Your pasture, Steve, is spreading and causing huge damage to the environment and biodiversity. Your justification of feeding hungry people doesn’t stack up either.
    Plant foods produce so much more food per area than beef ever will.
    This is a noxious weed south of the border and north as well.
    Can we get some of those buffle eating caterpillars over from Queensland before it spreads and ravages more native plant communities.

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  3. R Henry
    Posted May 16, 2018 at 6:09 pm

    People are quite willing to accept the resultant lifestyle afforded by these improvements but are ever ready to condemn those who had a hand in the conception of such when public opinion changes.

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  4. Steve Brown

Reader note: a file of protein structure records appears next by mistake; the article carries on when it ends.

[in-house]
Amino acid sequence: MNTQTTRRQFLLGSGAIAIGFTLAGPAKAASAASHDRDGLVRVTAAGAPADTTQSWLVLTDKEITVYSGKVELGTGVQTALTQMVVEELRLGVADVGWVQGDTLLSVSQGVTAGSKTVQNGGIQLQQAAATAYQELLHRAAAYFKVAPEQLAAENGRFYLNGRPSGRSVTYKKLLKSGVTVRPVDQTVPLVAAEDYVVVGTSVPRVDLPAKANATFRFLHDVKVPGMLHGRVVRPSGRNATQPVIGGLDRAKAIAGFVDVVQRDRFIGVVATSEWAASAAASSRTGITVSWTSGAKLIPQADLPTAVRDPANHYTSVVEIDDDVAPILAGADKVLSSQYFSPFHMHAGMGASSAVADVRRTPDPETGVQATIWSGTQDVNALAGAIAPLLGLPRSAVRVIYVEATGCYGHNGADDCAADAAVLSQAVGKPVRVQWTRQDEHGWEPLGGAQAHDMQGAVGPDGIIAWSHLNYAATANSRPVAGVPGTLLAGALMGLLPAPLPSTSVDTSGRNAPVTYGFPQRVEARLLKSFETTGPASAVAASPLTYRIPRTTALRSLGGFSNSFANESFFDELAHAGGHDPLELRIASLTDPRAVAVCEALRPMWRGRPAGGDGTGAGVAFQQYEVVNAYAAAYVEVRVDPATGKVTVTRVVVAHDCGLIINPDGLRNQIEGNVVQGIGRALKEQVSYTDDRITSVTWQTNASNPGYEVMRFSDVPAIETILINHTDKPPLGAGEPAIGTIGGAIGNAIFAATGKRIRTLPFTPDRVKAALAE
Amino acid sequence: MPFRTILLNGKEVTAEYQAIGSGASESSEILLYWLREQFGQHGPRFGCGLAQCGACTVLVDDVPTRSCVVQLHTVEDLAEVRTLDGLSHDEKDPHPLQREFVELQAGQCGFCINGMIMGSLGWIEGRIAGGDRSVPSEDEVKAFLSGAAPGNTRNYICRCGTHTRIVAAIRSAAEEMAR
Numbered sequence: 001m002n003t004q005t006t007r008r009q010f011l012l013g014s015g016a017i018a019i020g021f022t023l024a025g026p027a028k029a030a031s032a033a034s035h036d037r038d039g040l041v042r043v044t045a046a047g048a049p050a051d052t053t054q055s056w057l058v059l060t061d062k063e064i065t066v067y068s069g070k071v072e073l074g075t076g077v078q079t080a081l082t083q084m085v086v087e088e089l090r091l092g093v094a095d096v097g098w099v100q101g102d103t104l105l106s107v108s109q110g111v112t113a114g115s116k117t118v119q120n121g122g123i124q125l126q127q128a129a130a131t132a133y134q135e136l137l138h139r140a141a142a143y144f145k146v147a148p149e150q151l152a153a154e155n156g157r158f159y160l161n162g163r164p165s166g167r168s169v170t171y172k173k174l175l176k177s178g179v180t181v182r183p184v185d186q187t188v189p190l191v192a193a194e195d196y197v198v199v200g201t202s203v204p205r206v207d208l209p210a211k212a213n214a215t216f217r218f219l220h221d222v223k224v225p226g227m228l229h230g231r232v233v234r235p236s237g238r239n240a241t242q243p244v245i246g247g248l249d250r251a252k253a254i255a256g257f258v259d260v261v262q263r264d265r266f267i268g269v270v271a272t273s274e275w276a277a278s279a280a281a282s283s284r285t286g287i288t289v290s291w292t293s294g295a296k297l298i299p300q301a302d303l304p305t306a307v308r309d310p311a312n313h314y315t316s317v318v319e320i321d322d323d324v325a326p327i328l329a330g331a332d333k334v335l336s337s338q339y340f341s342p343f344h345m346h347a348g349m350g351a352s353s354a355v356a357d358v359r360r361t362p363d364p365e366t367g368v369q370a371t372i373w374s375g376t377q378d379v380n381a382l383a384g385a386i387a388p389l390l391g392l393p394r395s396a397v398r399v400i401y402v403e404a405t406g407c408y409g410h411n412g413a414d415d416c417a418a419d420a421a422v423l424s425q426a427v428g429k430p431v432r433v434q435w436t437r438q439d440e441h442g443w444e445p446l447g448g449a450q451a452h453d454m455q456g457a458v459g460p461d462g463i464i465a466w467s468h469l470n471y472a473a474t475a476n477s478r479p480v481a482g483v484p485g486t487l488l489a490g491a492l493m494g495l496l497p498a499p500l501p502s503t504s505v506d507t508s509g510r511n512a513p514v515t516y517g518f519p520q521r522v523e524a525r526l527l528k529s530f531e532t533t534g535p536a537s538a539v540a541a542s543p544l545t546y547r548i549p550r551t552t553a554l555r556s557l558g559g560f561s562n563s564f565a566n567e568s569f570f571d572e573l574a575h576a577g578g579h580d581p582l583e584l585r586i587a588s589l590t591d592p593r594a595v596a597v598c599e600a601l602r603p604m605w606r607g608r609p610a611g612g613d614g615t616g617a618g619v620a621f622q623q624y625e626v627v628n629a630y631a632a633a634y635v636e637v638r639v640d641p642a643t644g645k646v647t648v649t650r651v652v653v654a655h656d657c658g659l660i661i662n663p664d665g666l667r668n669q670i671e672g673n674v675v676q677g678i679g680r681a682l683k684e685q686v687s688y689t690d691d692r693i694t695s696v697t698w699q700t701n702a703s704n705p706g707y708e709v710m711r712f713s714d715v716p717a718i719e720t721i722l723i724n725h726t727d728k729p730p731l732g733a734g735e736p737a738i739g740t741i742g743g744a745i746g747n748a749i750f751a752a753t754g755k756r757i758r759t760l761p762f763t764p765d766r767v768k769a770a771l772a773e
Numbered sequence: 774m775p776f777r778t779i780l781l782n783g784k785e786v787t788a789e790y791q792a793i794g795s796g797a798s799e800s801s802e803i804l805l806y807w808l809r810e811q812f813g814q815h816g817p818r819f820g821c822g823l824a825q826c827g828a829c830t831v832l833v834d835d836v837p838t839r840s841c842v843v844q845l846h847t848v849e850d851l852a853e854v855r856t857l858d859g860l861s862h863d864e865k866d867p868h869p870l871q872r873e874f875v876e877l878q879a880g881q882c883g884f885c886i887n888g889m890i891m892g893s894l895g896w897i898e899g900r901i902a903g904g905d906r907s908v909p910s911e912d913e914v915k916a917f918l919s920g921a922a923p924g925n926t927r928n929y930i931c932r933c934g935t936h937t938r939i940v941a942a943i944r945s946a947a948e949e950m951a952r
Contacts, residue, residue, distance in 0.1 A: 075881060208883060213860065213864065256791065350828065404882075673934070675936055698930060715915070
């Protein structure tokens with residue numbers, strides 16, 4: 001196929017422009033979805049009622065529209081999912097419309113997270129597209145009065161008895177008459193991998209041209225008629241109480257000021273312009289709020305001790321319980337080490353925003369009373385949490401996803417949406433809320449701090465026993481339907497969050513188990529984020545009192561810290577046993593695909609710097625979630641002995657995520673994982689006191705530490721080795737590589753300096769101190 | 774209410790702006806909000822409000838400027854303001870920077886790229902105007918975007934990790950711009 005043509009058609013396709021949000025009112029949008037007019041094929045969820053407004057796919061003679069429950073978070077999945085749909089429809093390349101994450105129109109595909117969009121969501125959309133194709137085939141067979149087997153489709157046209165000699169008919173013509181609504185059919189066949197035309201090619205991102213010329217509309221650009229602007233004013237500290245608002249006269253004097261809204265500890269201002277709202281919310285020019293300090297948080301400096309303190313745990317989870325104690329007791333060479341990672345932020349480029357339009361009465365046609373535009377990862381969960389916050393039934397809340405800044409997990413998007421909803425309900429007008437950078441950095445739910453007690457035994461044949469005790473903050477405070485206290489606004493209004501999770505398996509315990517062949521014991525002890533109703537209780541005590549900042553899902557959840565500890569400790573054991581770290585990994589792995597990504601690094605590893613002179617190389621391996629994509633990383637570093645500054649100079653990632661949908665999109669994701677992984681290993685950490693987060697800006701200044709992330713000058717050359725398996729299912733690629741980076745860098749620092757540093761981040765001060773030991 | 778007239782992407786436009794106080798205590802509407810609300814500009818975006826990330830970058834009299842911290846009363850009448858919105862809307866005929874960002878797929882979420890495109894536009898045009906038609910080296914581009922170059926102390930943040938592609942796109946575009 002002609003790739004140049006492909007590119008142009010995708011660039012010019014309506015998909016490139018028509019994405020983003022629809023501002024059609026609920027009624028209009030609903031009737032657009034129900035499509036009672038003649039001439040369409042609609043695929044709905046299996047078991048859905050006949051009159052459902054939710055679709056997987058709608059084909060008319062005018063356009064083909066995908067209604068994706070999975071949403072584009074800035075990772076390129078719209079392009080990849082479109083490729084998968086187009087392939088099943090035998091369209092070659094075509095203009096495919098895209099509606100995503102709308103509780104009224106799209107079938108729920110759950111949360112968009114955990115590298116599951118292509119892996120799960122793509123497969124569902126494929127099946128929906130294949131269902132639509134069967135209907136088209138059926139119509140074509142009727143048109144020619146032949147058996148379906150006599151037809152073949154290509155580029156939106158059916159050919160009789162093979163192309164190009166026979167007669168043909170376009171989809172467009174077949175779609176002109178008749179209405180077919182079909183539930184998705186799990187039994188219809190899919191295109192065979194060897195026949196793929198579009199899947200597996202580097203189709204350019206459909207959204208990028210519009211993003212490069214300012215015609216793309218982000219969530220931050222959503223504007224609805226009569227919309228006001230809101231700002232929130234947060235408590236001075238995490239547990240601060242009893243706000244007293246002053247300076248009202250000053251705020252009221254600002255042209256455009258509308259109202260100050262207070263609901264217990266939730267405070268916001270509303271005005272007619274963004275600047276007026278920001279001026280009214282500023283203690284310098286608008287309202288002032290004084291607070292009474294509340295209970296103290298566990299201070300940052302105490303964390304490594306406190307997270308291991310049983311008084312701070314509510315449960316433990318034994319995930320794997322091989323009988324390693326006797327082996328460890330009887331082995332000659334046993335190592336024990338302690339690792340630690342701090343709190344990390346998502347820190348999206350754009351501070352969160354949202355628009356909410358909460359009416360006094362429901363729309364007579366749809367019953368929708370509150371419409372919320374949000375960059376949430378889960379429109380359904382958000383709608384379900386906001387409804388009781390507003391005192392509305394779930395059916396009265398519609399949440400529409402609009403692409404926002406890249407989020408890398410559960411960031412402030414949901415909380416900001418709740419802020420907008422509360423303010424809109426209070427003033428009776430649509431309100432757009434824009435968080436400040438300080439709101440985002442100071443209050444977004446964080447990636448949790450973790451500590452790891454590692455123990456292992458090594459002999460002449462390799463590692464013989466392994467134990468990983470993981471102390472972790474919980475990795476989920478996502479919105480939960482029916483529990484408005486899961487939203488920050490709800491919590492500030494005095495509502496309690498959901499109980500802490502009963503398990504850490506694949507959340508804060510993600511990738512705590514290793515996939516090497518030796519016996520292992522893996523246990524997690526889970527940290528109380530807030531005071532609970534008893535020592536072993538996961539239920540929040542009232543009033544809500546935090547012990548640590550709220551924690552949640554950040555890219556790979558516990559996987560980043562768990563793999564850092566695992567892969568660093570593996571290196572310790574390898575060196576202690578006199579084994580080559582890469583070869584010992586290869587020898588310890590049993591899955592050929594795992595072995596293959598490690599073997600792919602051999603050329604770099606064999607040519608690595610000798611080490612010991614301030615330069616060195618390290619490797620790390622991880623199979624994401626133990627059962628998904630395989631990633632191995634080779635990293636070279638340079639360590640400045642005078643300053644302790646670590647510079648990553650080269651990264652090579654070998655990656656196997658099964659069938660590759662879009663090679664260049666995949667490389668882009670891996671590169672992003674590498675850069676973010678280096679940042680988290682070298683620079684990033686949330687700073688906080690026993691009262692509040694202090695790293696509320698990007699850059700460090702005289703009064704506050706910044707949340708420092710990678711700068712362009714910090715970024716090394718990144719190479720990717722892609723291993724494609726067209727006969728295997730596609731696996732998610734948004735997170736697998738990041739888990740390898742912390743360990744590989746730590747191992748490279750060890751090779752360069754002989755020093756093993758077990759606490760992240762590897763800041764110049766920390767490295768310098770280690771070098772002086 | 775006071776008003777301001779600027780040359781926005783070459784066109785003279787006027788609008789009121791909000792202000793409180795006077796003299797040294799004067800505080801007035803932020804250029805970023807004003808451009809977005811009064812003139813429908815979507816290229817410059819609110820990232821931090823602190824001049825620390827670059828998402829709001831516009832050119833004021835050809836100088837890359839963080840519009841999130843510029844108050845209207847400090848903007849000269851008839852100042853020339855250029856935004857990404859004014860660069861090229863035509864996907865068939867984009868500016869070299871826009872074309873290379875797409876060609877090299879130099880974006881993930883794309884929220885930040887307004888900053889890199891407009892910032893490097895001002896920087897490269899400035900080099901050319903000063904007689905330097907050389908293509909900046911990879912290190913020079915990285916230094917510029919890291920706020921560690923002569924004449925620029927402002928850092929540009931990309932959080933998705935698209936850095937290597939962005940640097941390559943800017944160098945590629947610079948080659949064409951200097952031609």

Posted May 16, 2018 at 4:00 pm

    The Brown family are very proud of both their association with, and their assistance too, the CSIRO in its efforts to improve pasture and control dust in Central Australia.
    The beef industry was then, and is now, a very important part of our economy making improved pasture an enormous benefit to all of us.
    Yes, there are management issues in places where buffel is not grazed, especially given the irresponsible and destructive culture of burning as opposed to grazing that has been developed by Government authorities.
    However, in the pastoral industry buffel is of huge benefit lifting the carrying capacity of the country enormously while simultaneously improving our soils, slowing run off, suppressing dust and vastly extending the length of grazing period gained from any rainfall event.
    In short, there is simply no comparison between this country in the fifties and sixties and what you see and experience today.
    When I grew up over those years the country was so bare you wouldn’t believe anything could survive on it.